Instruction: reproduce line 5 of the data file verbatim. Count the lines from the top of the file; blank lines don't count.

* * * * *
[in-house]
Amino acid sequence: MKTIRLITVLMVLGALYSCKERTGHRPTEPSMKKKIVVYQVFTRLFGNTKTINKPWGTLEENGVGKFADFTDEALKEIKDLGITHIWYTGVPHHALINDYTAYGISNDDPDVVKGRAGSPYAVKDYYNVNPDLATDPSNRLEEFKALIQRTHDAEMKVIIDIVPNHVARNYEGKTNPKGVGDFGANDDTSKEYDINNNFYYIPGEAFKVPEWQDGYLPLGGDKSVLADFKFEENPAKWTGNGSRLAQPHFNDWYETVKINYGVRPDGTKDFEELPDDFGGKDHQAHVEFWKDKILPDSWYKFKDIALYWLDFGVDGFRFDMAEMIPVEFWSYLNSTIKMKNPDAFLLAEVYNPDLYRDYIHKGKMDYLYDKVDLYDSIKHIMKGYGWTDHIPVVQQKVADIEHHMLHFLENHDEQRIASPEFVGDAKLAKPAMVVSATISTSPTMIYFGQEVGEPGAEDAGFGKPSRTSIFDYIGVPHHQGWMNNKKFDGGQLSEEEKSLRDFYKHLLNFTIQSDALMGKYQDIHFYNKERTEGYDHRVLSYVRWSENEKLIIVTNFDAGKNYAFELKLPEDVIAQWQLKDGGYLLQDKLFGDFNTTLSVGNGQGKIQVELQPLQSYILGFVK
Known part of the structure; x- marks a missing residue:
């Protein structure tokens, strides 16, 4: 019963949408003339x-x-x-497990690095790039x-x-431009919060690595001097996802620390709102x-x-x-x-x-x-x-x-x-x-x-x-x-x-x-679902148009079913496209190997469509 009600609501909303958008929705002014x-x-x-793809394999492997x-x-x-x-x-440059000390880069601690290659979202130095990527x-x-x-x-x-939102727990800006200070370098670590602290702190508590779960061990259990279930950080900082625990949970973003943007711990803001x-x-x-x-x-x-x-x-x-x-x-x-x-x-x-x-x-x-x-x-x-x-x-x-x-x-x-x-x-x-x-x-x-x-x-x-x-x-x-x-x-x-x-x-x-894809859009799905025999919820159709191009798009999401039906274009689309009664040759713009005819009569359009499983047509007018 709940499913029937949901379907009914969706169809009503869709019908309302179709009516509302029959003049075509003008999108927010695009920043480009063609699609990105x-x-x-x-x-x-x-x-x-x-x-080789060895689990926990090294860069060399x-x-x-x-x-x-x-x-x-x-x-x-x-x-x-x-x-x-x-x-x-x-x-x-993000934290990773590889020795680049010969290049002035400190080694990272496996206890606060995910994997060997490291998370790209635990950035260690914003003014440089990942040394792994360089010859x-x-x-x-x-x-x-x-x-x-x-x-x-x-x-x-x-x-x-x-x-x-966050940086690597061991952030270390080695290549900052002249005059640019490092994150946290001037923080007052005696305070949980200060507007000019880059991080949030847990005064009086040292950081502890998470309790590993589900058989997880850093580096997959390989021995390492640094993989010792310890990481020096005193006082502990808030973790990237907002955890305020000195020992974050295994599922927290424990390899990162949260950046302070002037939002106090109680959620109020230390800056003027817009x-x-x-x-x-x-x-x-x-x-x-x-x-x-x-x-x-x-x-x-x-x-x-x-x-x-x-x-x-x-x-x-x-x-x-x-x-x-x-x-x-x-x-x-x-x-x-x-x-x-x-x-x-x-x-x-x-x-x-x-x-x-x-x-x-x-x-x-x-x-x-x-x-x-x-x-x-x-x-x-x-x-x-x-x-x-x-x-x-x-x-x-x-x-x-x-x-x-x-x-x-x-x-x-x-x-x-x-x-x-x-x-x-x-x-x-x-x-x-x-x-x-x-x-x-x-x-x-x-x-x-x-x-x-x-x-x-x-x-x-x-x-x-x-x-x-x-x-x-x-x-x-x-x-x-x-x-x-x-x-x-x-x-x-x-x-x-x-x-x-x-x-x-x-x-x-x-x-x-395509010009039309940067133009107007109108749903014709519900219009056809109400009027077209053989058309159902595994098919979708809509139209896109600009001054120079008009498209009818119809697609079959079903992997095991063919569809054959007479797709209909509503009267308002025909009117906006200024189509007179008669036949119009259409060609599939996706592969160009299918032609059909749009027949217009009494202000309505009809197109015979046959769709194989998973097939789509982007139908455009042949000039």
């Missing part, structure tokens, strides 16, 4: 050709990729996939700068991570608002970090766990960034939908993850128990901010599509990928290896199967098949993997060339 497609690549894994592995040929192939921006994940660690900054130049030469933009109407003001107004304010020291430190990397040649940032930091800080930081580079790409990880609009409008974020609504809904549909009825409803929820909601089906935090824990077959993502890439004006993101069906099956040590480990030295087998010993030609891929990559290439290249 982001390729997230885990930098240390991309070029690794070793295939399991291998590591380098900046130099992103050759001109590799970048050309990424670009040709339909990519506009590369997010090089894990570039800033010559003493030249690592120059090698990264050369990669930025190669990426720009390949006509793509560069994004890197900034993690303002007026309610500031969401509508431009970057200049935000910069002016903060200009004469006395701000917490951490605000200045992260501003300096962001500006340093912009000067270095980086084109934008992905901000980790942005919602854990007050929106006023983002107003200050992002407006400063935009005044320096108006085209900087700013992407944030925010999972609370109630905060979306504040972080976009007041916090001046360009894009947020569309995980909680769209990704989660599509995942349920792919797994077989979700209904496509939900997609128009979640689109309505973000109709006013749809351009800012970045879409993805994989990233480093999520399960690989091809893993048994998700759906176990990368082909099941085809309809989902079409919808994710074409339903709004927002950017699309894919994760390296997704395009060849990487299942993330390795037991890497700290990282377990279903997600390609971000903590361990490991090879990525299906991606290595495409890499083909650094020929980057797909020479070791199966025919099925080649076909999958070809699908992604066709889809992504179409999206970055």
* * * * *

């Missing part, structure tokens, strides 16, 4: 050709990729996939700068991570608002970090766990960034939908993850128990901010599509990928290896199967098949993997060339 497609690549894994592995040929192939921006994940660690900054130049030469933009109407003001107004304010020291430190990397040649940032930091800080930081580079790409990880609009409008974020609504809904549909009825409803929820909601089906935090824990077959993502890439004006993101069906099956040590480990030295087998010993030609891929990559290439290249 982001390729997230885990930098240390991309070029690794070793295939399991291998590591380098900046130099992103050759001109590799970048050309990424670009040709339909990519506009590369997010090089894990570039800033010559003493030249690592120059090698990264050369990669930025190669990426720009390949006509793509560069994004890197900034993690303002007026309610500031969401509508431009970057200049935000910069002016903060200009004469006395701000917490951490605000200045992260501003300096962001500006340093912009000067270095980086084109934008992905901000980790942005919602854990007050929106006023983002107003200050992002407006400063935009005044320096108006085209900087700013992407944030925010999972609370109630905060979306504040972080976009007041916090001046360009894009947020569309995980909680769209990704989660599509995942349920792919797994077989979700209904496509939900997609128009979640689109309505973000109709006013749809351009800012970045879409993805994989990233480093999520399960690989091809893993048994998700759906176990990368082909099941085809309809989902079409919808994710074409339903709004927002950017699309894919994760390296997704395009060849990487299942993330390795037991890497700290990282377990279903997600390609971000903590361990490991090879990525299906991606290595495409890499083909650094020929980057797909020479070791199966025919099925080649076909999958070809699908992604066709889809992504179409999206970055």